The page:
A full tank for free
MBABANE – Police are investigating a syndicate that steals fuel from various fill-ing stations around the city, costing proprietors thou-sands of Emalangeni.
Currently, about 15 cases have been reported to the police.
Among filling stations affected is Total Gardens.
The suspected syndicate has all along been visiting the filling station, filling up their vehicles and later disappearing without paying. This normally happens at night when it is quiet.
In most cases, the motorists reportedly tell the petrol attendant to fill up the fuel tank knowing they will not pay.
After the petrol attendant has filled up the vehicle, the person driving it simply leaves without saying a word.
It has been established that in most cases, the culprits change the number plates of their vehicles in order for them not to be traceable.
This has made it difficult for the police to trace them.
Superintendent Wendy Hlleta, Police PRO, says there have a number of reports from various filling stations.
Hleta said when such cases are reported, an investigation is then launched.
"In most cases, it becomes difficult to trace such cases especially because these people come with different tricks," she said.
"They have a tendency of leaving the filling station while the petrol attendant is still busy closing the tank. At times they pay with counter fake notes".
Hleta said if they have been able to trace the culprits, they are then charged and the law normally takes its course.
"However, we have always been advising petrol attendants to be careful whenever they attend to customers, especially at night," she said.
"We always say it is best for the attendant not to fill up any vehicle without being given the money upfront. They should take the money and thereafter fill up the vehicle. It is also important that whenever the person pays with South African notes, they should be check if they are not counter fake notes."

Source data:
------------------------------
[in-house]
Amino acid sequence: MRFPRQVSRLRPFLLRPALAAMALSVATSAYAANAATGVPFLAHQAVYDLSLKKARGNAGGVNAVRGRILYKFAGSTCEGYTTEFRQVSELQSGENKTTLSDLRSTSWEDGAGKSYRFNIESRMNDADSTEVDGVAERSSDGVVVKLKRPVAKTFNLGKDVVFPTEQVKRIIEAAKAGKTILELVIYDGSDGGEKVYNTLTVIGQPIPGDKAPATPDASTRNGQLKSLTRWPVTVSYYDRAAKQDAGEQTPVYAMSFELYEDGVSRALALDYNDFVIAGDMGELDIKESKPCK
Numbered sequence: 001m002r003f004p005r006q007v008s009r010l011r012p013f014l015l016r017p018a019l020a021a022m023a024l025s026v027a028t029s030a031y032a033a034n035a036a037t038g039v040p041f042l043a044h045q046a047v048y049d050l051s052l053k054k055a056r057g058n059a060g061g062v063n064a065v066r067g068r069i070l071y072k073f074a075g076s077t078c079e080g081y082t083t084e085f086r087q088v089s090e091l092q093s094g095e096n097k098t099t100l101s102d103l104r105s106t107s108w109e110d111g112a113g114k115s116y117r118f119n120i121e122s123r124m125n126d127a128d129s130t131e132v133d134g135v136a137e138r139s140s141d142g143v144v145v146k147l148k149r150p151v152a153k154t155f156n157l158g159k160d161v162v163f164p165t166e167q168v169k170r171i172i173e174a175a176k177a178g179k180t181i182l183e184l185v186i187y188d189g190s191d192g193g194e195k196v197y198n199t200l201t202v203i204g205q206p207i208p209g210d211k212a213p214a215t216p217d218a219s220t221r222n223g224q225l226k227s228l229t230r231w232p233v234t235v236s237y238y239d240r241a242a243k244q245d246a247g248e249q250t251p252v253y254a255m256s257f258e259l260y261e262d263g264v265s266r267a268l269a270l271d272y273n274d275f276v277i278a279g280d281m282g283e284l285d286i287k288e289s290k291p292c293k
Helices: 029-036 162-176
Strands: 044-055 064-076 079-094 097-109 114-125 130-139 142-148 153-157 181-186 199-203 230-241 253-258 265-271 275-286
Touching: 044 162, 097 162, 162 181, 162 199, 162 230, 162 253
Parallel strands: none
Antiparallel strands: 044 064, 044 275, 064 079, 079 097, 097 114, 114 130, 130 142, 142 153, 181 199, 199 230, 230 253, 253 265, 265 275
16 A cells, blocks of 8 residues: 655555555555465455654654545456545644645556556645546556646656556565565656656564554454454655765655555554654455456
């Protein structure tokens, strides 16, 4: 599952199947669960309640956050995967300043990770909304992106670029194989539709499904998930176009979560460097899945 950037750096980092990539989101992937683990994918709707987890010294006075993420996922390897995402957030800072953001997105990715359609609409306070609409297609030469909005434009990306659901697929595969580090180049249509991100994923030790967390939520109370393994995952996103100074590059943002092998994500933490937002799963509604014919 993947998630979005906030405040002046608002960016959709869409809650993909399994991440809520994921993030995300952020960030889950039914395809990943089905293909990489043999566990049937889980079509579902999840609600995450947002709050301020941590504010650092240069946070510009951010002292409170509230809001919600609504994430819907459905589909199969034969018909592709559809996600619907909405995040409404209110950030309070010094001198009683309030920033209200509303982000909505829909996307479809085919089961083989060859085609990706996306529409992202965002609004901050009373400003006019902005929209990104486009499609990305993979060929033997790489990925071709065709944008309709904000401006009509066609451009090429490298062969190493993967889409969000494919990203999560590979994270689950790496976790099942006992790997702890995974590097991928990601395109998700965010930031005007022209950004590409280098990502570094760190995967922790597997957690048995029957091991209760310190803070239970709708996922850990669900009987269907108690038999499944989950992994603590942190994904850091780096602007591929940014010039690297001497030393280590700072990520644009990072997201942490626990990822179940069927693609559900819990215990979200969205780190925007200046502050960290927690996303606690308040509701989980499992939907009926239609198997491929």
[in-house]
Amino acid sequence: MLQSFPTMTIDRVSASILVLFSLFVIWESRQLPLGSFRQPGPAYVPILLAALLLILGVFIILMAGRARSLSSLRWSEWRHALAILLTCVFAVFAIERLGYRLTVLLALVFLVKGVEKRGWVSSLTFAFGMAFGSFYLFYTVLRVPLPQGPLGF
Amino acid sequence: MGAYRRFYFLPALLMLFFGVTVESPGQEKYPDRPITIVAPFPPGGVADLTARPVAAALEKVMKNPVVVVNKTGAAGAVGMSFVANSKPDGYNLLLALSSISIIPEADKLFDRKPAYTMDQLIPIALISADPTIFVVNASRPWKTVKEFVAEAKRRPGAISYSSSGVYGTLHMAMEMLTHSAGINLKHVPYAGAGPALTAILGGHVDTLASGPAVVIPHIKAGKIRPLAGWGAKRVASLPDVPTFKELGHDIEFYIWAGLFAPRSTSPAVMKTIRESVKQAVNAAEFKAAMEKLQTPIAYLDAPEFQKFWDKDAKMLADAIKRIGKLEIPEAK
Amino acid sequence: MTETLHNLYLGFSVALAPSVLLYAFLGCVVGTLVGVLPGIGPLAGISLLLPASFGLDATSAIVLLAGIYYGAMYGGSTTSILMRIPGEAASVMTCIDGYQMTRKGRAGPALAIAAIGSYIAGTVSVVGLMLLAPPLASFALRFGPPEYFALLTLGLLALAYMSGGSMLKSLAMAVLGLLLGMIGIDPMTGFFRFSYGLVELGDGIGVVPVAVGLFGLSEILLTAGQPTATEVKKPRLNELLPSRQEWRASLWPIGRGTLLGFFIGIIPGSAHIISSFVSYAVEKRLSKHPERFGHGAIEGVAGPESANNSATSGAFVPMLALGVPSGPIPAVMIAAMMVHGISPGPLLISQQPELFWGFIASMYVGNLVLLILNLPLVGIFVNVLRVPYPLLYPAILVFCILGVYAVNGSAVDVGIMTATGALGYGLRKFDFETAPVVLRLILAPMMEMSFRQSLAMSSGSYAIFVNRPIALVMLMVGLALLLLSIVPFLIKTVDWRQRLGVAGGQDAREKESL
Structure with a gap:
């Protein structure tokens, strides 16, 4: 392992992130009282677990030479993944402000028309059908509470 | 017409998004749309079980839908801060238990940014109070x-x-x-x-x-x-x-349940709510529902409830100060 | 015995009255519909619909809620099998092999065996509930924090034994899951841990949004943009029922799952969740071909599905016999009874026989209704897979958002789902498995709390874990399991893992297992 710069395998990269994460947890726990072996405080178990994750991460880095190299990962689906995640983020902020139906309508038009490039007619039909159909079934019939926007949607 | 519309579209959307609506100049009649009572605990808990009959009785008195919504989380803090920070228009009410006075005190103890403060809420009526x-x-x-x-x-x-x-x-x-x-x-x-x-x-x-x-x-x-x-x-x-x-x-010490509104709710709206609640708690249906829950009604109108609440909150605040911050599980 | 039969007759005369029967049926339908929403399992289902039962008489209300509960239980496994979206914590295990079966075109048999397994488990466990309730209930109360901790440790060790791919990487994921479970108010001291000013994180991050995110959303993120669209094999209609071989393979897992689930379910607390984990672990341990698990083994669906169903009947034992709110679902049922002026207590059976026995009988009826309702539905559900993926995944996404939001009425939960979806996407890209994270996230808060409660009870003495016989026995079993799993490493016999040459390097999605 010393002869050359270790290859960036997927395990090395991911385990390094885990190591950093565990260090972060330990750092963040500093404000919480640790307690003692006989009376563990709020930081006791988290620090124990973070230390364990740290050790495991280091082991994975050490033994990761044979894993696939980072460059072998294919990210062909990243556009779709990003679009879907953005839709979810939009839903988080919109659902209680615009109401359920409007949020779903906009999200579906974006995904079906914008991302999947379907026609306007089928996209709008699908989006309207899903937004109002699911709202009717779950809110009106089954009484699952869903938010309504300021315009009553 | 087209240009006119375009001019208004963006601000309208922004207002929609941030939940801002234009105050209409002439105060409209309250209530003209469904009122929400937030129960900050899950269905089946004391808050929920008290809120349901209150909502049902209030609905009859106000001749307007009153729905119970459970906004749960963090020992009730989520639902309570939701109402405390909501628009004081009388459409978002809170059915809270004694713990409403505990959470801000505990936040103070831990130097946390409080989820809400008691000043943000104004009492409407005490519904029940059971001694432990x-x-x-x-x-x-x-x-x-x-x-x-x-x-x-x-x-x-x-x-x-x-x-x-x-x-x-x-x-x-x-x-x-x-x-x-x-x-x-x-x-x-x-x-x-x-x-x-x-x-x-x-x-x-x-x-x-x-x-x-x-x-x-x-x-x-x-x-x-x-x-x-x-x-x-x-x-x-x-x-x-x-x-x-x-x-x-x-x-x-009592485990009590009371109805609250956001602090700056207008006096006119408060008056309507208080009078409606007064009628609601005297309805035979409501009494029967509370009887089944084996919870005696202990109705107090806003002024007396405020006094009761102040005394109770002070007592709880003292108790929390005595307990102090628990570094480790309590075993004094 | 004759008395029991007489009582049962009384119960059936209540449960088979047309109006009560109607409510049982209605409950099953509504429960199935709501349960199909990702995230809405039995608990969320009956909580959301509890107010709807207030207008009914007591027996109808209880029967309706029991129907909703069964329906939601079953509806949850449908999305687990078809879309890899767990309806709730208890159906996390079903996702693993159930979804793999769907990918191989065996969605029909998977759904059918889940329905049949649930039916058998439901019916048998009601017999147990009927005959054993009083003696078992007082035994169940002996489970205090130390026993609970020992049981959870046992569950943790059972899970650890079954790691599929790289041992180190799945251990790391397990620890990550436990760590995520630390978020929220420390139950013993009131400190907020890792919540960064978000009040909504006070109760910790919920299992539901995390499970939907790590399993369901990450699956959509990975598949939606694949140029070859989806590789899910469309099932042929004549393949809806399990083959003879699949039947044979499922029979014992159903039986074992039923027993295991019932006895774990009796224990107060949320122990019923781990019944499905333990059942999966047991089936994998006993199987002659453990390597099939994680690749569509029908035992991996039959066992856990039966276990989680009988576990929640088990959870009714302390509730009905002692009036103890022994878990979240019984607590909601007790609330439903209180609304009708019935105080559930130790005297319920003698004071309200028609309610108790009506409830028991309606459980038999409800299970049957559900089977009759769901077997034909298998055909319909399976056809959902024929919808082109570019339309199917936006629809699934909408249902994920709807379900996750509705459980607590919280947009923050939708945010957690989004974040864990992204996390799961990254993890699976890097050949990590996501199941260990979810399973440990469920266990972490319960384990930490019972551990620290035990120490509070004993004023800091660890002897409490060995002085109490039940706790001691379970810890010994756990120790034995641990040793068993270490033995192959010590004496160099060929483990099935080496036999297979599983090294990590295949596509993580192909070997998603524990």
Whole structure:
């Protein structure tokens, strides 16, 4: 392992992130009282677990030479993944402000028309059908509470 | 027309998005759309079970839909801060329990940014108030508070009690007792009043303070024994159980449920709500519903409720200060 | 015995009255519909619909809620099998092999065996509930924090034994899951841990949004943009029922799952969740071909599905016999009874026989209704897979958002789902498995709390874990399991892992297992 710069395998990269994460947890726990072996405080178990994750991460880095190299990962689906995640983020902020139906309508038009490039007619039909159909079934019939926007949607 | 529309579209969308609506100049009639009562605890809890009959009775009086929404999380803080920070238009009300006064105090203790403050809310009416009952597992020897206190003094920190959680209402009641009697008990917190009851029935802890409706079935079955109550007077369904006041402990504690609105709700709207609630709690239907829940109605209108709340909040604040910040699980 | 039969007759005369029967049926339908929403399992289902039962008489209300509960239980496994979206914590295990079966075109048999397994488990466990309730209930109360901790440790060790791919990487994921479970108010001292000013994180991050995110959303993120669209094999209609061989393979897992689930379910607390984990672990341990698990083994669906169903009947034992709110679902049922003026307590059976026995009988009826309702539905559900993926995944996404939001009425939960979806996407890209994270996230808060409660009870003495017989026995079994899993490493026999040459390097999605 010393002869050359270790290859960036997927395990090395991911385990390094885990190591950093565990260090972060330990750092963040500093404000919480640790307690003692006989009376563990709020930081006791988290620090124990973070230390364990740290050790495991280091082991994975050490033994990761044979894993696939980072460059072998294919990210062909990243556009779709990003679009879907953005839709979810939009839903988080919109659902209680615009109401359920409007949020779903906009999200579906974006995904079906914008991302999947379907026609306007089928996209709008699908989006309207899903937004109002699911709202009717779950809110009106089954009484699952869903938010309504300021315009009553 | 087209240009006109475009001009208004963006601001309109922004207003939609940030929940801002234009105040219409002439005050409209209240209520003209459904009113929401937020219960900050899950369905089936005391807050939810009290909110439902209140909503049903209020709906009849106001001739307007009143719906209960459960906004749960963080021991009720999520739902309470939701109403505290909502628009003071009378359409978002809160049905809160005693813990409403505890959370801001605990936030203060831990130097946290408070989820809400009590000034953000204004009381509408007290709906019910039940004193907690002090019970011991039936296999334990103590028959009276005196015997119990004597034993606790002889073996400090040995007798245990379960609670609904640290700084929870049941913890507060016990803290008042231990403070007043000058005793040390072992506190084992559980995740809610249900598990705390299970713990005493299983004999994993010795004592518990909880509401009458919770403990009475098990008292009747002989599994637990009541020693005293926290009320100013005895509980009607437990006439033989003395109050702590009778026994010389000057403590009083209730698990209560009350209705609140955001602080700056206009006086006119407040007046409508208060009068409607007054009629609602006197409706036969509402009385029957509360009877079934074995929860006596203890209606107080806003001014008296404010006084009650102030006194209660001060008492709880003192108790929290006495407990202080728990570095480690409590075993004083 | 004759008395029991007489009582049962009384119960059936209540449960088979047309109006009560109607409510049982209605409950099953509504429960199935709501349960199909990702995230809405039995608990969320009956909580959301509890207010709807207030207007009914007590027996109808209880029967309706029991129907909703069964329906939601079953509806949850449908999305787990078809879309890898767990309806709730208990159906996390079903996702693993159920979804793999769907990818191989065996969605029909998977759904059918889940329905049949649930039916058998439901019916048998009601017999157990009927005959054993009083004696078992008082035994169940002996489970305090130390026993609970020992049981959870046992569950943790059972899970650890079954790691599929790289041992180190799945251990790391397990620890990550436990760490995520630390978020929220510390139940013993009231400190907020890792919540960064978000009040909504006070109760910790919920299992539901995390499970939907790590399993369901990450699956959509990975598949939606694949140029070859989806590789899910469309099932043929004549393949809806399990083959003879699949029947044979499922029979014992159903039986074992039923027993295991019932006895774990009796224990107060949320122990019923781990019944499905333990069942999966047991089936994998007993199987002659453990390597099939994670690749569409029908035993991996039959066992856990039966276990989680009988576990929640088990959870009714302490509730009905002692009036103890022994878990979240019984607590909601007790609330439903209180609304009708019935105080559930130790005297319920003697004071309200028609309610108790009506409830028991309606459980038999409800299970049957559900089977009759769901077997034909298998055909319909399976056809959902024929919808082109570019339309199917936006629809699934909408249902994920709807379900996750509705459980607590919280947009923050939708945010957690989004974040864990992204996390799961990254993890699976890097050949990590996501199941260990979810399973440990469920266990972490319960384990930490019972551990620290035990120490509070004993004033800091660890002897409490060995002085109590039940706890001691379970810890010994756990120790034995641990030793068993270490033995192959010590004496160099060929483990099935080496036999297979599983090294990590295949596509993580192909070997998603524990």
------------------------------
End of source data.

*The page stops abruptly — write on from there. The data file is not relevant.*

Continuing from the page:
Meanwhile, Thembi Motsa, Manager at the Total Gardens Garage confirmed that there were a number of instances where people would visit the filling station and pretend as if they wanted to buy fuel. However after their vehicles have been filled, they then live without paying.
Motsa said they have gone to the extent of adding closed circuit television (CCTV) cameras in order to see everything that happens within the filling station’s forecourt.
"In some of the cases, we have been able to spot the vehicle’s number plates," Motsa said.
"These cameras can produce images or recordings for surveillance purposes, and can be either video cameras, or digital stills cameras.
"However, at times this does not work because some of these people change the vehicle’s number plates. Whenever we trace the vehicle’s number plates, it sometimes turns out that it does not belong to the one who came to the filling station."
Motsa said what made it worse was that in this industry, it was emphasised that they had to first satisfy the customer before he or she pays.
"That is why others then take a chance and drive away without paying," she said.
"We report such cases to the police who then investigate. We always rely on their investigations because it is not easy to find a person who has done such."
She said of late, they had been having problems with cheques that end up being dishonoured by banks.
"As a result, we have decided not to allow people to pay using cheques because in most cases the cheques cannot be cashed."
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